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Empowering your speeches.
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Saturday, May 22, 2010

Andrew Cuomo Will Run for Governor

Michael Appleton for The New York Times
As if we didn't already know...everyone expected it, and it was just a matter of time until Cuomo formally announced his candidacy. He is definitely expected to win due to his 1) high approval rating as attorney general, 2) proven track record in NY state politics (though some would debate to what extent he's been successful at reforming Wall Street as AG), and 3) fundraising advantage over any Democrat willing to go toe to toe with him (and none aren't at this point).

Also, there isn't a credible GOP candidate in the race thus far. At least credible enough to pose any threat. According to a Rasmussen poll conducted in late April, "Cuomo pick[s] up 56% of the vote to Republican ex-Congressman Rick Lazio’s 24%." And that's one of better GOP candidates who has a bit of name recognition himself. Add to that, the fact Bloomberg and Obama haven't stumped for Cuomo yet and you get a landslide waiting to happen.


The New York Times ran an interesting piece earlier today which compiled video perspectives on Cuomo from former colleagues and influential Dems. It's worth a look. 



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Articles of the Day

Kagan should "stonewall" the Senate.
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Thursday, May 20, 2010

Want Your Political Views Heard?

This guest post is by Shavonne Shorter. She's a master's candidate in political communication at Purdue University. 

Greetings! My name is Shavonne Shorter. Currently I am a second year Masters student in the Department of Communication at Purdue University in West Lafayette, Indiana. My area of specialization is political communication. As a requirement for graduation which is this August, I must complete an in depth writing project on a topic I am passionate about. The goal of my project is to examine African Americans and their relationships with U.S. political parties. To fulfill my goal, I am currently looking to interview African Americans who are affiliated with political parties. I write to you today with the hopes that you may be willing to serve as an interviewee for my project.

The interview would last for 30-45 minutes. I would conduct the interview over the phone. Under no circumstances would your name be placed in my project to protect your identity. I would like to record the interview, with your permission, so that I may transcribe your answers. After I have completed my project, I would be happy to share it with you. If you would be interested in helping me further my educational goals, please feel free to contact me via facebook message or email at srshorte@purdue.edu. Thank you very much for your consideration!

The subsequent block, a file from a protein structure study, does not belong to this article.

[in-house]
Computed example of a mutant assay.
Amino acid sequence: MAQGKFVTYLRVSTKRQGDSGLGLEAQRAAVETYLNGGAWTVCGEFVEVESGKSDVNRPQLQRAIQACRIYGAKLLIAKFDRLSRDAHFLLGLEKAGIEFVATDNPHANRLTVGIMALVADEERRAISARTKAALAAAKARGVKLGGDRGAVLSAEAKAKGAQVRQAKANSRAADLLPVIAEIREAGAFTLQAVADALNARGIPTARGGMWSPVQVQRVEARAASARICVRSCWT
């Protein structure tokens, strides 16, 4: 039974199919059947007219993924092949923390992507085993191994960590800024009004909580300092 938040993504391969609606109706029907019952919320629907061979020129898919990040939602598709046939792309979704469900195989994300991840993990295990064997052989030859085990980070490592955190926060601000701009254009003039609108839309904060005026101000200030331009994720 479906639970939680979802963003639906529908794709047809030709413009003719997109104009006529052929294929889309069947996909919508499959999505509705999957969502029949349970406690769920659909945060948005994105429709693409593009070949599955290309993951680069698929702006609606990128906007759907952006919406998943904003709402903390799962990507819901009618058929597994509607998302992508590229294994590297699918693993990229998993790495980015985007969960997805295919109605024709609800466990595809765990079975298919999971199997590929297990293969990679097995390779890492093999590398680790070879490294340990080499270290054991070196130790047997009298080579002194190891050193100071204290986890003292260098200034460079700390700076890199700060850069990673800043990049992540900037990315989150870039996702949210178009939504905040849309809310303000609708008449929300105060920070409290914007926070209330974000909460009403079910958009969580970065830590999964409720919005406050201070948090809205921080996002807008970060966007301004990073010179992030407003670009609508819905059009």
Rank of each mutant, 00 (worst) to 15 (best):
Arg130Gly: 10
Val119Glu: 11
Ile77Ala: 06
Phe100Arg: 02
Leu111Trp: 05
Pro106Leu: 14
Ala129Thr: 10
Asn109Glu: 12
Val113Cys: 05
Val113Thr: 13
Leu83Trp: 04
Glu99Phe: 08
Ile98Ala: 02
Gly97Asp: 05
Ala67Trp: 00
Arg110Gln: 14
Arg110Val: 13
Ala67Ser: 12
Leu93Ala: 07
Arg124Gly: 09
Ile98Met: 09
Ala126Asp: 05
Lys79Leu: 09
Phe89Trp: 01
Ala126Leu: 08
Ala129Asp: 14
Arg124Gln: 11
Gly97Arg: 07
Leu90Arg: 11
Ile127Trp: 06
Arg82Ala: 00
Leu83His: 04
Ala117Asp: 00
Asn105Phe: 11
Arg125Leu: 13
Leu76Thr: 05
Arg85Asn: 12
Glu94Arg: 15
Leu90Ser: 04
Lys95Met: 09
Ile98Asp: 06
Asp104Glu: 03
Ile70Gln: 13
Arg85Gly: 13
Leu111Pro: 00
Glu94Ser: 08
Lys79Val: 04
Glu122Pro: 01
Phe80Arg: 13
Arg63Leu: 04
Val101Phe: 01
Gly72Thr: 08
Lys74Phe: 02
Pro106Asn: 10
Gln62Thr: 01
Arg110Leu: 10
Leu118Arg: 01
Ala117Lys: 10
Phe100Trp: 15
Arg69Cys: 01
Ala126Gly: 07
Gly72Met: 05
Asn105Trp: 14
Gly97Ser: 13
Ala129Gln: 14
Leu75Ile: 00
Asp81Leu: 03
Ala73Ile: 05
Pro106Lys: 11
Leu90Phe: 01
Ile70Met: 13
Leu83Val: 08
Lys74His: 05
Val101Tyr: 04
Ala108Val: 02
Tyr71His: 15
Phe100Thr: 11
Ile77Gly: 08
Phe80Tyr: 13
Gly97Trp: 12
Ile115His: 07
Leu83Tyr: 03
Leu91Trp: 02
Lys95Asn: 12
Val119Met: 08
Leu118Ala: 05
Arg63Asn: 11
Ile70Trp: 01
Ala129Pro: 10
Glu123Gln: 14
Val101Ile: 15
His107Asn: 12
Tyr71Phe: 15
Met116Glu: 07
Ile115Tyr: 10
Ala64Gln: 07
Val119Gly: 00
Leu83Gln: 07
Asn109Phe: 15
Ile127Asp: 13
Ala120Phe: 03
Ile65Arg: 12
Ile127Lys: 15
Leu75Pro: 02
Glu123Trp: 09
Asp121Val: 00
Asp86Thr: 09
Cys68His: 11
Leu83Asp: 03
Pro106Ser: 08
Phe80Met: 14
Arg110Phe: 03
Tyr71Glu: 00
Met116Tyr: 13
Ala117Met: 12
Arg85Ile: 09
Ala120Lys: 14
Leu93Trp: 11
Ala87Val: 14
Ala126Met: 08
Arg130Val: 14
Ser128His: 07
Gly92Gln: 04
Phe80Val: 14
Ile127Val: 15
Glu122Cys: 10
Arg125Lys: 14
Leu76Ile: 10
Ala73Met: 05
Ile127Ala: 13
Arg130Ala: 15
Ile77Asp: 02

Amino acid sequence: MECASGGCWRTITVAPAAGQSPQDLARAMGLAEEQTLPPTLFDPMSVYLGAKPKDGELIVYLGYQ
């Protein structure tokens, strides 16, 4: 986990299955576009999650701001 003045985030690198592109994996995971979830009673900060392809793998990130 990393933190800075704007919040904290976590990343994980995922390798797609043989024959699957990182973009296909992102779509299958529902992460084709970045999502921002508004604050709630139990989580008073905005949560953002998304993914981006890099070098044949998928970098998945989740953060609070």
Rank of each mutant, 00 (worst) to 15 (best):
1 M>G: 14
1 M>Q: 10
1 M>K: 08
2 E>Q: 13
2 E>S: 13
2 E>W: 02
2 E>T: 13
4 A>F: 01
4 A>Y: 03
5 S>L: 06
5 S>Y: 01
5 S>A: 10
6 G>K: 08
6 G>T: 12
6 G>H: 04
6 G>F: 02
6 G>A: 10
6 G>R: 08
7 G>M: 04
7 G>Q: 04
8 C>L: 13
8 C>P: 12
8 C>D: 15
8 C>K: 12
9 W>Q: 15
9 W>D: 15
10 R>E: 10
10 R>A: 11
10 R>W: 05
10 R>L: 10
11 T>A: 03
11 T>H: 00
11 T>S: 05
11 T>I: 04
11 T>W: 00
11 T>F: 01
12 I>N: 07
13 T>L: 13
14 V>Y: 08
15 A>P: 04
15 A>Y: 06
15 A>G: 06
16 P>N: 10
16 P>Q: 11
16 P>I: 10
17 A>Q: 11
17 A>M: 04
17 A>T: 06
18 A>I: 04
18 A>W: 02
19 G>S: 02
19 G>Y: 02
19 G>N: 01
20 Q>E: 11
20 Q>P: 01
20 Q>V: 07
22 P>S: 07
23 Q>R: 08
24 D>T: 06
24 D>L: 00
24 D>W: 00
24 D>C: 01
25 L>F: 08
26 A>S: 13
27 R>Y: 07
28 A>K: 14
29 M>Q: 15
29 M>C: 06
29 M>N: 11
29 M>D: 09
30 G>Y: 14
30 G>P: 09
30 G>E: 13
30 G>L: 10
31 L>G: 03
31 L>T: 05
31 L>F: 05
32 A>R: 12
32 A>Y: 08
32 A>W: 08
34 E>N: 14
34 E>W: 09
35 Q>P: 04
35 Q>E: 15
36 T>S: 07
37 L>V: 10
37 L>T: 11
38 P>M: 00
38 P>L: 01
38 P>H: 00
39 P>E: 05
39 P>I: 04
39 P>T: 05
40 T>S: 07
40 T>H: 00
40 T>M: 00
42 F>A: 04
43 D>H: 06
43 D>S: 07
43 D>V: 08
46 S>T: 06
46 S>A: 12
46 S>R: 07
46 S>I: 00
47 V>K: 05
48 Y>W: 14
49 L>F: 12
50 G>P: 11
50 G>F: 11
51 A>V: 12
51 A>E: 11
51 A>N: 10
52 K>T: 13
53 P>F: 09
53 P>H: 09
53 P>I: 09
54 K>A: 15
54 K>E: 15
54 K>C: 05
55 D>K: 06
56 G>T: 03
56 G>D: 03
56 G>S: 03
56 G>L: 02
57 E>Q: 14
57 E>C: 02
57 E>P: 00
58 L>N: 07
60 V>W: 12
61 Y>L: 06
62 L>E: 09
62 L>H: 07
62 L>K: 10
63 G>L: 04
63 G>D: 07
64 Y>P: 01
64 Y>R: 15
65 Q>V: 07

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The dangers of Internet addiction. (Nah, no way.)
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Wednesday, May 19, 2010

Tuesday, May 18, 2010

KIPP's Lessons

In general, I'm a fan of KIPP and support their overall mission. But this article in the Washington Post doesn't really accomplish all that much in talking about the program or the "consequences they teach students about their actions."

Fellow blogger Shaun Johnson puts it best:
What I do not seem to understand is the whole meme of no excuses and extremely strict, almost militaristic, consequences for urban students.  Why is the solution always boot camp?  Plus, we’re giving out money in middle schools, turning them into little consumers?  Putting them on a Porch?  I wonder why they chose that word, what purpose does it serve?  In any case, many schools enact these kinds of measures, so let us not pretend we’re onto anything new.  It’s possible that they have the confidence to be harsh, they have support from multiple stakeholders and the community, whereas parents and others are a bit more skeptical of teacher judgment in public schools.  I just don’t seem to get the whole Joe Clark, boot camp, excessive discipline, walking in formation kind of education.  Who, why, how did this become automatically what urban students need?  It seems cliched to an extent.  Why is this acceptable with African-American students?  If it is so effective, then why do we not see these methods implemented in troubled suburban or rural schools?  Trust me, there are many out there.